Given that Paignton also lies on the shores of Torbay, it is tempting to speculate whether Annie’s interest was sparked by the pioneering work of Amelia Griffiths and Mary Atkins in the same location some decades earlier. Could she have visited Mary’s shop as a child or modelled her album on those Amelia produced? Certainly Annie’s album resembles a recent description of the leather-bound Griffiths volume held in Exeter’s Royal Albert Memorial Museum, in which each sample is ‘mounted on stiff white paper and annotated with the name and location in … neat handwriting’.

Annie’s album contains 35 seaweed specimens each identified by its contemporary botanical name and place of collection. All but two were from Torbay, a popular holiday destination then and now. What is so remarkable about this, and similar albums from the period, is the way the specimens have retained their colour and clarity of detail after so many decades.
A page from British Marine Algae. Photograph by Michael Marzik.

 The process of preservation was painstaking but not difficult. It was outlined in detail by the American A.B Hervey in his 1881 book Sea Mosses: A Collector’s Guide. The equipment required was simple: pliers, scissors, wash bowls, blotting paper, cotton cloth and mounting cards. A stick with a needle inserted in one end was used to gently separate the various parts of the plant to display its finer details. Seaweed pressing had one key advantage over flower pressing: no fixative was needed to secure the specimen to its mounting board as ‘the gelatinous materials emitted from the plant itself’ did the job. Annie Slade’s album, where each specimen seems to be almost a part of the mounting paper, is proof of the enduring properties of this seaweed glue.

So, did Australian women take up this interest? The answer appears to be yes, even if they were mostly collecting for male botanists like Ferdinand von Mueller and Ronald Campbell Gunn. Artist and writer, Louisa Meredith, was one of these. Albums compiled by Australian women are harder to discover or verify but at least one, in the National Museum, bears the name of Catherine Frere, the daughter of Van Diemen’s Land Lieutenant-Governor, George Arthur. Dated 1836, the seaweeds were collected from Port Arthur’s shores. Was Lady Frere the collector or merely the album’s lucky owner?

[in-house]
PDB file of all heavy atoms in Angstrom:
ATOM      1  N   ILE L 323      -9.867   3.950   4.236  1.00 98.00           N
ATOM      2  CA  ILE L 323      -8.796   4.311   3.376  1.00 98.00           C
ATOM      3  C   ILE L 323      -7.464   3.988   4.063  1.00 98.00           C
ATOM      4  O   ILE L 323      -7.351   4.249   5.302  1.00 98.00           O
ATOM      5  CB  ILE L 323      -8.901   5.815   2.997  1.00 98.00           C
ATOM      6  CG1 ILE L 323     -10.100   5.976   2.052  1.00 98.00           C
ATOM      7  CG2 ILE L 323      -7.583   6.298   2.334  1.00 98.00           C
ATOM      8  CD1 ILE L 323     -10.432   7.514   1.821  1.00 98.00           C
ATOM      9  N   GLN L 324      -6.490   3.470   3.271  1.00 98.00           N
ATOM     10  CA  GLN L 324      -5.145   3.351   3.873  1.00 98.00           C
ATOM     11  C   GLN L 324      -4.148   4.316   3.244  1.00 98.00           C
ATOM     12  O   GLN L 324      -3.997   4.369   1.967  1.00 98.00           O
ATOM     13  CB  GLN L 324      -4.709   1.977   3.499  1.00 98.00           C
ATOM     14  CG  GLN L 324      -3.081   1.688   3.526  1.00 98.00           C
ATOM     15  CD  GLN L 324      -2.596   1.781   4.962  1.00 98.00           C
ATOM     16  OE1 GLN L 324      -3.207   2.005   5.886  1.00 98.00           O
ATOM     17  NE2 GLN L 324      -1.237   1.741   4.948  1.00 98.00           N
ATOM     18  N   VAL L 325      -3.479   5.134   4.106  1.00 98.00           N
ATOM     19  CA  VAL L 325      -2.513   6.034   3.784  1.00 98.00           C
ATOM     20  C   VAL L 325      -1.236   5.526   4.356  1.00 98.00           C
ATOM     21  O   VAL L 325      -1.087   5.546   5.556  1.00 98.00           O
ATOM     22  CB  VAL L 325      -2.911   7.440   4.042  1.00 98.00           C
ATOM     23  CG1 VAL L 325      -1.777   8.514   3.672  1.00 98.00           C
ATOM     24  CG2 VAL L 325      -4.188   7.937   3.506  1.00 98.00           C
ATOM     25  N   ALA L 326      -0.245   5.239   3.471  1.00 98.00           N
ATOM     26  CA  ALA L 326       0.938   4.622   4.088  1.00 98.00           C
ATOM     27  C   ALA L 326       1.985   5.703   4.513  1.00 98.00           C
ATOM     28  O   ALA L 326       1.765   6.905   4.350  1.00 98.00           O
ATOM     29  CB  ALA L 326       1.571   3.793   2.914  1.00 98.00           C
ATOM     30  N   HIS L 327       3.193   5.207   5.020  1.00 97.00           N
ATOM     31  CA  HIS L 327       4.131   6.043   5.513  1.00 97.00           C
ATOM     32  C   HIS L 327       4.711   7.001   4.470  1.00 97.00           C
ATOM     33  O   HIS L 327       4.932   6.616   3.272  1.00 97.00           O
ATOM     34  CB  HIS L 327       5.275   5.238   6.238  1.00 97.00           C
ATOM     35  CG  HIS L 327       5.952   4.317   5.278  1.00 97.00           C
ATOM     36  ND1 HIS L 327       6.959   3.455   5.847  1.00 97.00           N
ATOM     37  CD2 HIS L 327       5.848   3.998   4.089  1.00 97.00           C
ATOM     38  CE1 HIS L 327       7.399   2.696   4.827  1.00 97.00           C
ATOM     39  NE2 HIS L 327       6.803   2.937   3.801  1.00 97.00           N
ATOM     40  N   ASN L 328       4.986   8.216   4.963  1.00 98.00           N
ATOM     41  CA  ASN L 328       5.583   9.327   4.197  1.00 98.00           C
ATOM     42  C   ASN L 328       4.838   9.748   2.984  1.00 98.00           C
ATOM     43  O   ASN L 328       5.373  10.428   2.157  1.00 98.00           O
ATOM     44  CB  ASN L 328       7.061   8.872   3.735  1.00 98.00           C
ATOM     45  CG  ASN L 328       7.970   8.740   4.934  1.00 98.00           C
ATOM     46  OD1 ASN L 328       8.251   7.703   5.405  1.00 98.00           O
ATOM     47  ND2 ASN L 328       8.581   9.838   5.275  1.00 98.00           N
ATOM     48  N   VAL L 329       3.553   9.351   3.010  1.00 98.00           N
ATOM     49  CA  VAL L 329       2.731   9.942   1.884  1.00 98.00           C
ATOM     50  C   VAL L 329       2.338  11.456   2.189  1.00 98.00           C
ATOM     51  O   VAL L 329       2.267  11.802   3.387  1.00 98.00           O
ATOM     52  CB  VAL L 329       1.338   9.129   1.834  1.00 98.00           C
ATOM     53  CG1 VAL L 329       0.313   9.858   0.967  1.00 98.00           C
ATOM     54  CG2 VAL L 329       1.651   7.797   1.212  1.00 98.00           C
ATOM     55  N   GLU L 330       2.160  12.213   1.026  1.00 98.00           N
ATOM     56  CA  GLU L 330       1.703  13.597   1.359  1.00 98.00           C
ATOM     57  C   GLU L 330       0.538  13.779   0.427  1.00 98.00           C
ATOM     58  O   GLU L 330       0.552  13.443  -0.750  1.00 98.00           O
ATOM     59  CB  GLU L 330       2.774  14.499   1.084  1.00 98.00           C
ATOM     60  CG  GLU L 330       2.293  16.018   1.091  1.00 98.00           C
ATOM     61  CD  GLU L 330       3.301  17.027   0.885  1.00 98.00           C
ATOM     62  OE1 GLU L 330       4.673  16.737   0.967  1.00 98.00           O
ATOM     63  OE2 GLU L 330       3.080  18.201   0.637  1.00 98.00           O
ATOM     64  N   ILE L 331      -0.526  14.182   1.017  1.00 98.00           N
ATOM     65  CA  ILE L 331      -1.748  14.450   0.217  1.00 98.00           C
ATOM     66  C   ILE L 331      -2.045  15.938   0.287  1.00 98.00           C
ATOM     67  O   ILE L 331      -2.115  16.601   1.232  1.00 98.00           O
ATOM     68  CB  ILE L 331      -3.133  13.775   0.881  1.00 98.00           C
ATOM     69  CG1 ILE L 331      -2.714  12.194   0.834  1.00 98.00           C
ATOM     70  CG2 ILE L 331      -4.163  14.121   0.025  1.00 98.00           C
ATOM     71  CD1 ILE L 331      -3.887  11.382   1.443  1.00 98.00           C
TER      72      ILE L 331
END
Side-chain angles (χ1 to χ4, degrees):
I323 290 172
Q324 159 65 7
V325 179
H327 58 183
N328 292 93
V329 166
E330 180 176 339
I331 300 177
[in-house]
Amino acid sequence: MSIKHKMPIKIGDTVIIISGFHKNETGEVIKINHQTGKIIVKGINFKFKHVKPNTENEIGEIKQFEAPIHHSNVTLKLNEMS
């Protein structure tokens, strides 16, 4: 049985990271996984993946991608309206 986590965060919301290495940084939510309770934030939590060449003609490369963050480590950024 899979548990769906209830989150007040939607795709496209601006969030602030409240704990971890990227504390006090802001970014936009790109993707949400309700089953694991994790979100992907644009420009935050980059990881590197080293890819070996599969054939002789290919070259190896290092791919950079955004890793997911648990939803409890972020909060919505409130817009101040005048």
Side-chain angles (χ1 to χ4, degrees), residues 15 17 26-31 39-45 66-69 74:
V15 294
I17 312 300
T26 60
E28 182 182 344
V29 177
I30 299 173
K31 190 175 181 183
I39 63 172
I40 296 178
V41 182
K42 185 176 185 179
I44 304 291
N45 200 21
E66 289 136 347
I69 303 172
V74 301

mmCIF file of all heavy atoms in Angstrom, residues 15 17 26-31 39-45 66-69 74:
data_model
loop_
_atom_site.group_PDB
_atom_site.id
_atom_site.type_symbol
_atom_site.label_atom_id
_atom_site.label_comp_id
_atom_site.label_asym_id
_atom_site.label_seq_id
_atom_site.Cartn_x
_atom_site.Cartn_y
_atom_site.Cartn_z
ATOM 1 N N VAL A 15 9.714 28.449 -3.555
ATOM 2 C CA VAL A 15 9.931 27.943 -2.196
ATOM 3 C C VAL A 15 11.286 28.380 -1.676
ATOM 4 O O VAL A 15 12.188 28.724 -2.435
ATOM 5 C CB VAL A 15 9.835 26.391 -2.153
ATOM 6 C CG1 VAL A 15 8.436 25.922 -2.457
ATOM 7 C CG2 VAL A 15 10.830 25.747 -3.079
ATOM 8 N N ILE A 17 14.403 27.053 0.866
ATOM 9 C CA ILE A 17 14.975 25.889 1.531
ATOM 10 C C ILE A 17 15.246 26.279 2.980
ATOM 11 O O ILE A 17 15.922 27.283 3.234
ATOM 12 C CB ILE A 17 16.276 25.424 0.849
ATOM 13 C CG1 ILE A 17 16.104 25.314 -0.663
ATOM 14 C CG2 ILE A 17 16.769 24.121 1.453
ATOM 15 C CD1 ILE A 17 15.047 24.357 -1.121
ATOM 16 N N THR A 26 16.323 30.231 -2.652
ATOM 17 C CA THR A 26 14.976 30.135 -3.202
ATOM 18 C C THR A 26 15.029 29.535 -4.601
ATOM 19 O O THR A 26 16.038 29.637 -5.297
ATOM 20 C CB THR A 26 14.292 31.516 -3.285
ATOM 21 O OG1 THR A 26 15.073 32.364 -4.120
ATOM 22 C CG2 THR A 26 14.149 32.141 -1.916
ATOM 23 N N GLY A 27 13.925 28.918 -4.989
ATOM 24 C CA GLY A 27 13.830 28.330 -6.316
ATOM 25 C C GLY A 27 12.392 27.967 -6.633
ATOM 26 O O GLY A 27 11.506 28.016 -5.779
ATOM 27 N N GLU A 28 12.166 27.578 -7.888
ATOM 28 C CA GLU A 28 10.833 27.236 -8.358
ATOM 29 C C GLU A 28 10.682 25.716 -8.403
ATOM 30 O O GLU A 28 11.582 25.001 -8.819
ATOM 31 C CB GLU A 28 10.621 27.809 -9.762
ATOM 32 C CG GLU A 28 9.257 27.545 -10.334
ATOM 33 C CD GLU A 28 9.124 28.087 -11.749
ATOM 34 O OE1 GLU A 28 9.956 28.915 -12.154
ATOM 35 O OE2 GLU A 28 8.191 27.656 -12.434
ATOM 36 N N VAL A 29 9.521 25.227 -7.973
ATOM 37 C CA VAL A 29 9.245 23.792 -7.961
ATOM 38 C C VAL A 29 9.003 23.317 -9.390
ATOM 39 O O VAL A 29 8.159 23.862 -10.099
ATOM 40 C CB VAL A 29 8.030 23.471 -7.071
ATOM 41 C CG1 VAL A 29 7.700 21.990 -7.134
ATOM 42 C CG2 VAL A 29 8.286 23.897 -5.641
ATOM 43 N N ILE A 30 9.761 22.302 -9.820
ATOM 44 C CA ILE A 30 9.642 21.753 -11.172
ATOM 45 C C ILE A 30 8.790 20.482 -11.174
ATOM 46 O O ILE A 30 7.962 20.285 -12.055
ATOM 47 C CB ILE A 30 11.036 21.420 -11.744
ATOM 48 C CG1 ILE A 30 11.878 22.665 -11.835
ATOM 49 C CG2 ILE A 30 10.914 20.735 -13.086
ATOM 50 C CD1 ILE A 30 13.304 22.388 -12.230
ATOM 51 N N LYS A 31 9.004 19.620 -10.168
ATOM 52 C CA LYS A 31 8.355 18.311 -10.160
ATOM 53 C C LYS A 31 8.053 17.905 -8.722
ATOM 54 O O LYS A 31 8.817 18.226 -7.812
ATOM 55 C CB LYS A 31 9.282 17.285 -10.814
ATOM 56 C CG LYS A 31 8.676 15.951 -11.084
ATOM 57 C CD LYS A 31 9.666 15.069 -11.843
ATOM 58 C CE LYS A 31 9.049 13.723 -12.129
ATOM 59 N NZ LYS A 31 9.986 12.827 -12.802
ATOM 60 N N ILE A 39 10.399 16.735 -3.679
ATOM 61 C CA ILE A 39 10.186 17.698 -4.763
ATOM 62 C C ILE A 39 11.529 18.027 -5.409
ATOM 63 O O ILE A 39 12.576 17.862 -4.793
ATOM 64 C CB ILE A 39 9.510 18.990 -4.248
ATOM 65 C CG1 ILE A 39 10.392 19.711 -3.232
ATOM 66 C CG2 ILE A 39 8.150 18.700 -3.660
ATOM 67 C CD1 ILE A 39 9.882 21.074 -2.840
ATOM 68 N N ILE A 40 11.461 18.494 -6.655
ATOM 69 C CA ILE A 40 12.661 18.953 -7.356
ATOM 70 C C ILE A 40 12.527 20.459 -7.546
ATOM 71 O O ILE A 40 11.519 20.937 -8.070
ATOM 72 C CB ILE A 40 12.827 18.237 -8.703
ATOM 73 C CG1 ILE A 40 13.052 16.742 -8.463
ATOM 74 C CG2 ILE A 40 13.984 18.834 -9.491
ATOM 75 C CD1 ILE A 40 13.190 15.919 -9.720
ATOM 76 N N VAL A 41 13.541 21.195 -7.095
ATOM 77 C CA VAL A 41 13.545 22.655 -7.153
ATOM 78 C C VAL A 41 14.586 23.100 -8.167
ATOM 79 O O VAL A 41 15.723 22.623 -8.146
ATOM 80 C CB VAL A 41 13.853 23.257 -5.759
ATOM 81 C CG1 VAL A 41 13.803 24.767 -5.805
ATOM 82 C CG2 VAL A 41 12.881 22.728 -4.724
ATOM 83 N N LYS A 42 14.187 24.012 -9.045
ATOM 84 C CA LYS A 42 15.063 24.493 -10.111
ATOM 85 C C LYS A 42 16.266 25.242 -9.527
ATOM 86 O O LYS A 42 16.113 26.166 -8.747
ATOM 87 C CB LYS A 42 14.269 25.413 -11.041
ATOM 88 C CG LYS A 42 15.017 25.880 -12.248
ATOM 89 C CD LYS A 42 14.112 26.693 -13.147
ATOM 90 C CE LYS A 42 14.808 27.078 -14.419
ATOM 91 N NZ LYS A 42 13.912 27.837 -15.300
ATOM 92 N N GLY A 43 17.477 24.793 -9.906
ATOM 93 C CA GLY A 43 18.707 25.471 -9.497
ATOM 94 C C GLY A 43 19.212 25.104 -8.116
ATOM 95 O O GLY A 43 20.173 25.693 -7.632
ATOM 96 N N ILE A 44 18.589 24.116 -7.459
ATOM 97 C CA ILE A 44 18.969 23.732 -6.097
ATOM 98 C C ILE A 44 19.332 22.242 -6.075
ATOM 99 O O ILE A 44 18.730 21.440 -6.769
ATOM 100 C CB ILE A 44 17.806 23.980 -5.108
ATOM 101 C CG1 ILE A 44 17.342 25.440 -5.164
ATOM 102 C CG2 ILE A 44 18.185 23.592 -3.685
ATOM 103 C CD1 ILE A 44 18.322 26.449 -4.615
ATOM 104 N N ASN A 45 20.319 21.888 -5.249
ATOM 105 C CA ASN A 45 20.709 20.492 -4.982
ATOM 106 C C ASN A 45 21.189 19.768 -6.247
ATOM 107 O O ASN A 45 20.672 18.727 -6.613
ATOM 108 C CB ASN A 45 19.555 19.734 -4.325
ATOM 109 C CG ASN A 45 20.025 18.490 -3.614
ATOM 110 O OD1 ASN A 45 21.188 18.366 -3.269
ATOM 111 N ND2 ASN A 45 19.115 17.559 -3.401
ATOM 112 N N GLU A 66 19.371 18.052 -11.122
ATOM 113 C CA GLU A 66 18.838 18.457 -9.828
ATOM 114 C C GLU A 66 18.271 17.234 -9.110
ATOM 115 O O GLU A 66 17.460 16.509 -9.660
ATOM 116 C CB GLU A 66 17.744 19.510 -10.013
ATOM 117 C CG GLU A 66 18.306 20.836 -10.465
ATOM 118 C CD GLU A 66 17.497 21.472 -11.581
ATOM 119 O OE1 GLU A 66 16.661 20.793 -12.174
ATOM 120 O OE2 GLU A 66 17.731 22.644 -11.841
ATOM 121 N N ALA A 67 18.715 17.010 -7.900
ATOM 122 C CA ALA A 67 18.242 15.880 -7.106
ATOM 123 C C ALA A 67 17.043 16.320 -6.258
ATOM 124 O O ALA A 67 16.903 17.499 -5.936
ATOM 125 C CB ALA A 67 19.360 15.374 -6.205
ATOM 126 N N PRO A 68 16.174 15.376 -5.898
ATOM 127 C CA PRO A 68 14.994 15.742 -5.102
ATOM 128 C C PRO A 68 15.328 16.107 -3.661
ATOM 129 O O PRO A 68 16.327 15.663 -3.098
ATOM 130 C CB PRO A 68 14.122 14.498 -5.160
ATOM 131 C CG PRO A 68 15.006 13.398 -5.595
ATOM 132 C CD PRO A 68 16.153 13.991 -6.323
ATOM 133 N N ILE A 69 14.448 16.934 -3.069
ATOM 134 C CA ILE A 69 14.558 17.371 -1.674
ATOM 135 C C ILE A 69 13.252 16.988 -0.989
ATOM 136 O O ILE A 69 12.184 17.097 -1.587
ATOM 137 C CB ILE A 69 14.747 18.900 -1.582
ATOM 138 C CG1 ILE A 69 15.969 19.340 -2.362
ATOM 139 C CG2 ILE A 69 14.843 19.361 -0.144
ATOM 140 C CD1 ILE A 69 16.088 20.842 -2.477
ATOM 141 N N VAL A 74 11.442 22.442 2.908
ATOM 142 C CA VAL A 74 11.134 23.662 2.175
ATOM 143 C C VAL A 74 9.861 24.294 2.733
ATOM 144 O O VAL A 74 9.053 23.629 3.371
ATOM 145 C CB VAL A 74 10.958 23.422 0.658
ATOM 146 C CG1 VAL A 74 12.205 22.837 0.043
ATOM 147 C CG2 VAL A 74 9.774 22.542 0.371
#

A page from British Marine Algae. Photograph by Michael Marzik.
 Regardless of compiler, such albums are highly prized. One, compiled by Scottish immigrant Charles Morrison, made headlines in 2013 when the National Museum acquired it for $3500. Our own treasury of ‘the ocean’s gay flowers’ will be carefully guarded.

Over the course of 2020, JCU Library's Special Collections will be unveiling 50 Treasures from the collections to celebrate 50 years of James Cook University. 

Author Biography 
 Liz was employed at JCU library from 1975-2011 and also studied for a BA, specialising in English literature and Australian history. She now volunteers with Special Collections, writing blog posts about collection items. Apart from keeping up with the lives of her two grandsons, Liz’s major interest lies in wildlife conservation. She is currently vice-president of the local branch of Wildlife Queensland (WPSQ) which tries to raise community understanding and appreciation of the natural environment as well as undertaking practical projects and conservation advocacy with all levels of government. Before retirement made life too busy, she sometimes wrote poetry.


Anonymous said…
I love the last line of the author biography. Always worth reading right to the end. (And the blog post itself was a treat in its entirety.)